AOPA is now the lone voice representing general aviation owners and pilots on the panel that helps the FAA strategize integration. The updated DAC roster of members representing “traditional manned aviation” includes Baker and fellow AOPA member Houston Mills, who is vice president of flight operations and safety at UPS Inc. (and served as the captain of the recent UPS flight tasked with delivering the first doses of a coronavirus vaccine). Two other members specifically represent manned aviation on the DAC: Lorne Cass, president of Aero NowGen Solutions and a longtime airline executive, and American Airlines Vice President of Regulatory Affairs Molly Wilkinson.
Notable departures from the DAC include DJI, the undisputed leader in the consumer drone market worldwide, having produced 70 percent or more of the 1.7 million drones registered with the FAA. Skydio CEO Adam Bry, co-founder of that California firm, will represent unmanned aircraft manufacturers, along with executives of Alphabet Inc. subsidiary Wing, Amazon Prime Air, and Boeing Co.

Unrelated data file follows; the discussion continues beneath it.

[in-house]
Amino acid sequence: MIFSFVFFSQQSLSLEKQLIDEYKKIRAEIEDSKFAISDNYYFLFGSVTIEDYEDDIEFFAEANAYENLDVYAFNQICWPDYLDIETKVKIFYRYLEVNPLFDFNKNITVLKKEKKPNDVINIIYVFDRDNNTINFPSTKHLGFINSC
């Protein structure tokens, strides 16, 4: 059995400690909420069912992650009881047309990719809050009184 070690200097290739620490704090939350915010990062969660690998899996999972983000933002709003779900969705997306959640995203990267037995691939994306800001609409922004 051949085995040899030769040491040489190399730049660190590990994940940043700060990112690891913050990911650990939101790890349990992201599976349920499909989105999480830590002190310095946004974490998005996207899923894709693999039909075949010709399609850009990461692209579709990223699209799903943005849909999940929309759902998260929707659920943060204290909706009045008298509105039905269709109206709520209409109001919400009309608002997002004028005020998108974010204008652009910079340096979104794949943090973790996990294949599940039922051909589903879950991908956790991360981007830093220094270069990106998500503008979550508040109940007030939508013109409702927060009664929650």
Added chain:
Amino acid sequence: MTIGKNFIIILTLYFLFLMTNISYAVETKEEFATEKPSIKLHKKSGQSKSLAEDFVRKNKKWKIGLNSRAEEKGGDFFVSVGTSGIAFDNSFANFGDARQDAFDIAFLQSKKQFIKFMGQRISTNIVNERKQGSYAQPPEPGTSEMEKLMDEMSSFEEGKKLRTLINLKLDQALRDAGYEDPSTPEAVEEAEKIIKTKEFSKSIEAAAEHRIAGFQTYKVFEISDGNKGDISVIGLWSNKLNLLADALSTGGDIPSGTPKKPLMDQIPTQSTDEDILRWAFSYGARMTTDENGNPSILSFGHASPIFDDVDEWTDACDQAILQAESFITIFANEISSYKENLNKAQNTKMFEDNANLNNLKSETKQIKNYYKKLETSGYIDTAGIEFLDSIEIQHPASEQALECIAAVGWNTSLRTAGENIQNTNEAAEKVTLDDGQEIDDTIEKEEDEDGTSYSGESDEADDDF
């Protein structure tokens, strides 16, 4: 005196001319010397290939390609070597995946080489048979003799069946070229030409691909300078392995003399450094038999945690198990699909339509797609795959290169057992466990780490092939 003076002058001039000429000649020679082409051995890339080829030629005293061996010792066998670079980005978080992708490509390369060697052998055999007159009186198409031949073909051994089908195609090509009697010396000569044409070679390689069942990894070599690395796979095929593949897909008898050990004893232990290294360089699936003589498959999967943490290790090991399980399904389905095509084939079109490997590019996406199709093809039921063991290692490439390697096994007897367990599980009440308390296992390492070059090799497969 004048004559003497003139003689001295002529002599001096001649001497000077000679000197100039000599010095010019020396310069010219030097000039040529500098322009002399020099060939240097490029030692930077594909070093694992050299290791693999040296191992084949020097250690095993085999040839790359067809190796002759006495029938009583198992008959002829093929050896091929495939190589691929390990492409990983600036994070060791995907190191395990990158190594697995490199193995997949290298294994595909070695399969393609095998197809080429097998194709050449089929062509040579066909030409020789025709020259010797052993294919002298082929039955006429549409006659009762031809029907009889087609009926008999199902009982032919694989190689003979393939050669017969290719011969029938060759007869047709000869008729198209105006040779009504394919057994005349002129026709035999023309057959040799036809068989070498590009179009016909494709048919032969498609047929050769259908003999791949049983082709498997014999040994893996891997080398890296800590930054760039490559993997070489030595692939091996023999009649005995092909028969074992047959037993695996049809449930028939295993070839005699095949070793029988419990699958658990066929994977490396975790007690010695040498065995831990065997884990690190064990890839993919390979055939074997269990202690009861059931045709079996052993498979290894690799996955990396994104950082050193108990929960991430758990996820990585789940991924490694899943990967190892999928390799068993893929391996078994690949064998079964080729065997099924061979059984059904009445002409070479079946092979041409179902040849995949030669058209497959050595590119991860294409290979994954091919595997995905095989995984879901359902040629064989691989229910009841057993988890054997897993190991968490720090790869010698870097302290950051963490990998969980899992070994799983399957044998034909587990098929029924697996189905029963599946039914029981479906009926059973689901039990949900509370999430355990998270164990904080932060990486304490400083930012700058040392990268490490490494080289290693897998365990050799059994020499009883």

HAI joined AOPA and Iris Automation in a December 22 statement applauding Congress for including in government funding legislation passed in December language that underscores the “importance of onboard Detect and Avoid technology (DAA) as a critical safety tool for full UAS integration.”
Iris Automation has developed and deployed a computer vision system that automates the detection and identification of nearby objects. CEO Jon Damush, a GA pilot and AOPA member since 1993, envisions a range of applications for the company’s Casia system, including manned and unmanned aircraft installation. Many view on-board DAA as critical to allowing unmanned aircraft to fly beyond visual line of sight (BVLOS) for missions including package delivery and infrastructure inspection.
The two GA associations elaborated in their joint statement:
“AOPA and HAI appreciate the prioritization of aviation safety in this legislation and commend Congress for calling attention to important considerations for the FAA to address in order to advance safe BVLOS operations. Technologies such as onboard detect and avoid show great promise for enhancing UAS safety in the national airspace system without the need for additional equipment on manned aircraft. We look forward to the FAA’s review of how certain capabilities may be effectively utilized to meet a regulatory framework for UAS operations.”
Read AOPA’s story.